cloud

Bertrand Drouvot's picture

demystifying and wrapping the oracle cloud APIs with Python

As an oracle DBA you might have to deal with REST API, especially when working with the cloud. The purpose of this post is to demystify the REST API usage from a DBA point of view. Let’s take an example and write a Python wrapper to automate the Instance creation in the Oracle Database Cloud Service.

The instance creation can be done manually using the Web Interface that way:

Franck Pachot's picture

Which Bitnami service to choose in the Oracle Cloud Infrastructure?

By Franck Pachot

.
In the Oracle Cloud PaaS you have a marketplace where you can choose your service. Some are packaged from Bitnami and available on multiple OS. My first idea is that in PaaS you do not care about the OS. But Oracle Cloud has this very nice feature where you still have full access to the OS, as root, even in PaaS. Then, you choose the Linux distribution of your preference. Except if performance is different. They run on different Linux kernels. Is Oracle Linux Unbreakable Kernel more efficient?

Franck Pachot's picture

ADWC – connect from your premises

By Franck Pachot

.
In the previous post about the Autonomous Data Warehouse Service, I’ve run queries though the Machine Learning Notebooks. But you obviously want to connect to it from your premises, with SQL*Net.

Franck Pachot's picture

SQL Developer Web on the Oracle Cloud

By Franck Pachot

.
You like SQL Developer because it is easy to install (just unzip a jar) and has a lot of features? Me too. It can be even easier if it is provided as a web application: no installation, and no java to take all my laptop RAM…
When I say no installation, you will see that you have some little things to setup here in DBaaS. That will probably be done for you in the managed services (PDBaaS) such as ‘Express’ and ‘Autonomous’ ones.

CaptureSDW010

Franck Pachot's picture

ADWC – the hidden gem: Zepplin Notebook

By Franck Pachot

.
IMG_5339
In the previous blog posts I explained how to create, and stop/start the Autonomous Data Warehouse Cloud service. And I didn’t show yet how to connect to it. It is easy, from sqlplus or SQL Developer, or SQLcl.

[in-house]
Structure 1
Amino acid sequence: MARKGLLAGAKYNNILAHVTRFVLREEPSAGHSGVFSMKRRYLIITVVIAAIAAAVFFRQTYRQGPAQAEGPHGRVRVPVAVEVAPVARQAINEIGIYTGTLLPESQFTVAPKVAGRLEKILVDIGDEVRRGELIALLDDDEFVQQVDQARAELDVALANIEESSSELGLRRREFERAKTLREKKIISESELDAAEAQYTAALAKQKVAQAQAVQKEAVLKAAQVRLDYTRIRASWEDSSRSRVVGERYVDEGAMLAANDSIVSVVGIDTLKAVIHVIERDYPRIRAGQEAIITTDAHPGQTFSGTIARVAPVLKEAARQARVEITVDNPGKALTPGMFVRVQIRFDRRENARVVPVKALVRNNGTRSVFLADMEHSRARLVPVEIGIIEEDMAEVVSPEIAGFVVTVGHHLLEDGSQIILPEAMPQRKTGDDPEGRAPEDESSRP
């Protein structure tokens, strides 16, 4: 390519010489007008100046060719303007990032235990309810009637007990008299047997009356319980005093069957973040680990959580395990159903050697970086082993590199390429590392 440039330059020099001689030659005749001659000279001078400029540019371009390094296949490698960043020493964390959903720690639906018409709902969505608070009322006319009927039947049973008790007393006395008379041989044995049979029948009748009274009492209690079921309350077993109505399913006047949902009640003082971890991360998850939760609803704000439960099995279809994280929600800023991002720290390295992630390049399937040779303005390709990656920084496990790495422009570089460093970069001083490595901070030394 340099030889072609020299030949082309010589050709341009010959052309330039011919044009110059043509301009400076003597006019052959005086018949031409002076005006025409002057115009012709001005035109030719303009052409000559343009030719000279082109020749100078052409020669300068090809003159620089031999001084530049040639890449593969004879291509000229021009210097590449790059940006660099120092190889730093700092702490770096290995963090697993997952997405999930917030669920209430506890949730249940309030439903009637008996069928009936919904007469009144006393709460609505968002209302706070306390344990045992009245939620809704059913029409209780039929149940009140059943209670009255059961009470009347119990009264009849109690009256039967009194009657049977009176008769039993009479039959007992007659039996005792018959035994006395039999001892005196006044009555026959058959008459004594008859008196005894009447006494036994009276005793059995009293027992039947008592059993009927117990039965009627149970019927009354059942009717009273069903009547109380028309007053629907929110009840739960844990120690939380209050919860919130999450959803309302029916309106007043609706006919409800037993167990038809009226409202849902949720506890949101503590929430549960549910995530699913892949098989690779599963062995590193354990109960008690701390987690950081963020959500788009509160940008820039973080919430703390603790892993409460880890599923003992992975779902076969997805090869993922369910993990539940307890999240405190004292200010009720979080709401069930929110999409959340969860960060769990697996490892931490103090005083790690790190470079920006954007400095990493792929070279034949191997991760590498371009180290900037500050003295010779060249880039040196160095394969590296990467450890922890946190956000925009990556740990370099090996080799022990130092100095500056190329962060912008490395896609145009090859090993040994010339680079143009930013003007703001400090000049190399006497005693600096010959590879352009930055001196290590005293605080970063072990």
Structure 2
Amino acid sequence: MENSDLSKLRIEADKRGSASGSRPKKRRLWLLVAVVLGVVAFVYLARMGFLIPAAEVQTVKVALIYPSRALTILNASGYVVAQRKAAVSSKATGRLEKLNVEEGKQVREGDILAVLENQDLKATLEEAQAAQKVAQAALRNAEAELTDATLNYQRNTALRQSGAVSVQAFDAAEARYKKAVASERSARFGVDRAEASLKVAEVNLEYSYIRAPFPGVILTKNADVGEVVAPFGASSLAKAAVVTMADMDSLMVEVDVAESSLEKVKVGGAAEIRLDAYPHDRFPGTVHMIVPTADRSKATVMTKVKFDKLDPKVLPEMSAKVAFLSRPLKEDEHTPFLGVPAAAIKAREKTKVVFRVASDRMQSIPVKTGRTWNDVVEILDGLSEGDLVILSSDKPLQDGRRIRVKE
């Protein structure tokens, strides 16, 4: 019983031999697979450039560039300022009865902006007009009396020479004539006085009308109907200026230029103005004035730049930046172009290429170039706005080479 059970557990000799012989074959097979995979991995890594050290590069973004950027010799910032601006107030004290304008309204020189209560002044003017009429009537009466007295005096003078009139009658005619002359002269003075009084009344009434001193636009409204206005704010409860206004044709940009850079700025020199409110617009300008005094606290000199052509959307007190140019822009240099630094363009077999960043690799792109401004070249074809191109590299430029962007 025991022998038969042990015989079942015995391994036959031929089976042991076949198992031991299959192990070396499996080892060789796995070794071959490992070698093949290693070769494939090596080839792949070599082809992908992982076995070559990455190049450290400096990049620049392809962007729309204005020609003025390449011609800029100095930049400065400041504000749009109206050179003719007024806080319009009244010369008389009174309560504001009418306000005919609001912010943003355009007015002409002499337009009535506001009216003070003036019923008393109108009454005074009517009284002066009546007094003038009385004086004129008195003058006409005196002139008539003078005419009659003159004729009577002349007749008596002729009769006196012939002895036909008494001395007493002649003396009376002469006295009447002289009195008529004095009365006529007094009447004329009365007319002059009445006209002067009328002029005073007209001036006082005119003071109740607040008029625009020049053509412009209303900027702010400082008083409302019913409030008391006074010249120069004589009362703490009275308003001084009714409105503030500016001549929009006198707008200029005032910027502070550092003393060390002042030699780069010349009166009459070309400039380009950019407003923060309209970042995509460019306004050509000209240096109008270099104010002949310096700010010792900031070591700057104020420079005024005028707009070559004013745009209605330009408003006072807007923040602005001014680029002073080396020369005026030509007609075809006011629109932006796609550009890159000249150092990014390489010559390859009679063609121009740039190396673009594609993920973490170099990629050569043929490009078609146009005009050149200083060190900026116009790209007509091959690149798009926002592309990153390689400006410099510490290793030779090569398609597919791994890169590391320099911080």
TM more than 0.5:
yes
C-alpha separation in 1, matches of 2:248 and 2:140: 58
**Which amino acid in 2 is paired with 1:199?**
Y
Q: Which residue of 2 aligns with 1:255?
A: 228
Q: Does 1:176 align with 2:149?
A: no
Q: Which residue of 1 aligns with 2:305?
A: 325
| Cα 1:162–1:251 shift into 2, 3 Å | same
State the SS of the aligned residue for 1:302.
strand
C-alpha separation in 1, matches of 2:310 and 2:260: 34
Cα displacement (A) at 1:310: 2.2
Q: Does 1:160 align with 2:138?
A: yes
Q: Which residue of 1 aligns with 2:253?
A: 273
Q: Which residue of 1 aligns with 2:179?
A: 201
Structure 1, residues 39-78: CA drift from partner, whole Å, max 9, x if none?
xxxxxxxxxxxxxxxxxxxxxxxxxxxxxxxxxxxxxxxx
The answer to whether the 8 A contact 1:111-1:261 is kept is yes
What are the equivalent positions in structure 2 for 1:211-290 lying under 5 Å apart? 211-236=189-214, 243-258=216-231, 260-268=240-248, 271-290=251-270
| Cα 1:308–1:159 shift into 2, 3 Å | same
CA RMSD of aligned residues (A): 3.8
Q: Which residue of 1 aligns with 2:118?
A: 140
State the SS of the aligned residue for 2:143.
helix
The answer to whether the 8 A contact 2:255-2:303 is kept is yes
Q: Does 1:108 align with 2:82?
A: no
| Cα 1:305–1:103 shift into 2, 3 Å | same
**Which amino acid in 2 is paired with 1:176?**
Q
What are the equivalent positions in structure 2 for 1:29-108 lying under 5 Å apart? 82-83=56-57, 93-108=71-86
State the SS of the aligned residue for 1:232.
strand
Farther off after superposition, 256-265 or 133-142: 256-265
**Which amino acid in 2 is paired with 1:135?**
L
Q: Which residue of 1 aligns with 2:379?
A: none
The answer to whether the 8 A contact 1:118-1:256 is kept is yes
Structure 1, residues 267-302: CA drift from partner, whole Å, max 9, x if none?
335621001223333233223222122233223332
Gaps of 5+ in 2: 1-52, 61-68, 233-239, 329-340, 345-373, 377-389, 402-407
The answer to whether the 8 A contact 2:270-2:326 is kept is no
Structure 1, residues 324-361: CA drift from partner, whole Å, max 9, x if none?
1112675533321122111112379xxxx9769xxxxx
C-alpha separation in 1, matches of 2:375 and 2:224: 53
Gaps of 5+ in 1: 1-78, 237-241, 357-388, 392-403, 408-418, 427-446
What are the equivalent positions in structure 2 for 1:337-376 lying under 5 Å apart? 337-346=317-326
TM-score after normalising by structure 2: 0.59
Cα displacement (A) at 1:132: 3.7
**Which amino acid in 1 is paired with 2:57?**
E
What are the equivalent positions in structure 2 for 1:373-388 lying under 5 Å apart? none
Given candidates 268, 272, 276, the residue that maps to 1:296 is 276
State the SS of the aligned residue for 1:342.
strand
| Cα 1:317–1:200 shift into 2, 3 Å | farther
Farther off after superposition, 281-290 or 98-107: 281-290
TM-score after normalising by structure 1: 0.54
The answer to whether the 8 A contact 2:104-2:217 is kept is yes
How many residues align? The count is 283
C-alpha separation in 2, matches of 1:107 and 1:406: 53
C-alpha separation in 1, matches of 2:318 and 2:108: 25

But there’s something more exciting to run some SQL queries: the Oracle Machine Learning Notebooks based on Apache Zepplin. At first, I didn’t realize why the administration menu entry to create users in the ADWC service was named ‘Manage Oracle ML Users’, and didn’t realize that the ‘Autonomous Data Warehouse Cloud’ header was replaced by ‘Machine Learning’.

Franck Pachot's picture

ADWC – a Docker container to start/stop Oracle Cloud services

By Franck Pachot

.
In the previous post, I’ve explained how to start and stop the Autonomous Data Warehouse Cloud service from PSM (PaaS Service Manager). There’s a setup phase, and a run phase starting with service-start and ending with service-stop. And the setup is specific to an Oracle Cloud account, storing information in the local user home. You may want to run different setups, and even provide an easy way to start/stop an Oracle Cloud service without knowing the user, password and tenant name.

A Docker container is perfect to isolate this.

Franck Pachot's picture

ADWC: start/stop with PSM Command Line Interface

By Franck Pachot

.
In the previous post, I explained how to create an Autonomous Data Warehouse with PSM (PaaS Service Manager Command Line Interface). The most common operation you want to do with it is starting and stopping the service. This is the best way to save credits for hourly billed services. And PSM is the easiest: run from everywhere (it is Python 3) and no need to provide credentials each time. In the previous post, I explained how to setup PSM for the ADWC service.

Unfortunately, for starting and stopping the instance you may realize that:

Franck Pachot's picture

ADWC: Creation of Autonomous Data Warehouse Cloud service

You want to try the Autonomous Data Warehouse Cloud Service? That’s easy. Here is a Step-by-Step.

dbakevlar's picture

GDPR Solutions in the Day of Automation

There’s something for having job security and many of the solutions that I see offered for RDBMS challenges offer just that. With compliance with EU’s GDPR, (General Data Protection Regulations) just around the corner, (mark you calendar, May 25, 2018) you’d think we’d all be scrambling for a simpler solution to discovering and addressing all that GDPR data.

Quick refresher for those of you going, “What is GDPR?”

Data security is a known focus of GDPR when you talk to folks, but it’s much more than just security.  It’s about extended rights of the individual in the EU. There’s four areas as a DBA, you need to really concern yourself with:

Franck Pachot's picture

A free persistent Google Cloud service with Oracle XE

In a previous post I’ve listed several free online services which run an Oracle XE so that you can test your SQL easily. You may want use Oracle XE further, with full access to the database and its host, and still from a web browser. You probably have a Google account. Then you also have a Virtual Machine on the Google Cloud (0.5 vCPU / 1.70 GB RAM boostable to 1 vCPU / 3.75 GB) and 5 GB of persistent storage (as long as you used it in the 120 previous days). Just try this Google Cloud Shell: https://console.cloud.google.com/cloudshell.
In this post, I explain how to install Oracle XE there.

To prevent automated spam submissions leave this field empty.
Syndicate content